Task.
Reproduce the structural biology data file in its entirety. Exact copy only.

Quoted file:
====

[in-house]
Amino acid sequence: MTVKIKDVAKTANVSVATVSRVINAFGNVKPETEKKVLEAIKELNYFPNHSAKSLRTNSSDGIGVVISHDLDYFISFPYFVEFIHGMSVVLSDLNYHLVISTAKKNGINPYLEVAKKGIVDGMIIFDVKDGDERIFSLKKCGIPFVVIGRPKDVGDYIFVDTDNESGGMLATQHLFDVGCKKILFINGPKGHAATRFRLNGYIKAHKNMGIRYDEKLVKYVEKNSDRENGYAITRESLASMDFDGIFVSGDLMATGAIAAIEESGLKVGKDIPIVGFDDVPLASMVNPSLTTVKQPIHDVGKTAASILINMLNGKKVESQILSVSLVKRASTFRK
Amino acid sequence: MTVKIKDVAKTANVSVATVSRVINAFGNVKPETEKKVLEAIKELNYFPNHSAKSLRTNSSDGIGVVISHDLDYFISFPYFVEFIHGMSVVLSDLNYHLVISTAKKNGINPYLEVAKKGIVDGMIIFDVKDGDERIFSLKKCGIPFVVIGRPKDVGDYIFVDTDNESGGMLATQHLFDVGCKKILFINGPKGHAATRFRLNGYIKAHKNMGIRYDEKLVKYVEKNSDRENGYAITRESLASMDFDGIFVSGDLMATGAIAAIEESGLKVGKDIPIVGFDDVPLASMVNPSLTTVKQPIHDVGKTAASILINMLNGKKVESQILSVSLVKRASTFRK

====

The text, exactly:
[in-house]
Amino acid sequence: MTVKIKDVAKTANVSVATVSRVINAFGNVKPETEKKVLEAIKELNYFPNHSAKSLRTNSSDGIGVVISHDLDYFISFPYFVEFIHGMSVVLSDLNYHLVISTAKKNGINPYLEVAKKGIVDGMIIFDVKDGDERIFSLKKCGIPFVVIGRPKDVGDYIFVDTDNESGGMLATQHLFDVGCKKILFINGPKGHAATRFRLNGYIKAHKNMGIRYDEKLVKYVEKNSDRENGYAITRESLASMDFDGIFVSGDLMATGAIAAIEESGLKVGKDIPIVGFDDVPLASMVNPSLTTVKQPIHDVGKTAASILINMLNGKKVESQILSVSLVKRASTFRK
Amino acid sequence: MTVKIKDVAKTANVSVATVSRVINAFGNVKPETEKKVLEAIKELNYFPNHSAKSLRTNSSDGIGVVISHDLDYFISFPYFVEFIHGMSVVLSDLNYHLVISTAKKNGINPYLEVAKKGIVDGMIIFDVKDGDERIFSLKKCGIPFVVIGRPKDVGDYIFVDTDNESGGMLATQHLFDVGCKKILFINGPKGHAATRFRLNGYIKAHKNMGIRYDEKLVKYVEKNSDRENGYAITRESLASMDFDGIFVSGDLMATGAIAAIEESGLKVGKDIPIVGFDDVPLASMVNPSLTTVKQPIHDVGKTAASILINMLNGKKVESQILSVSLVKRASTFRK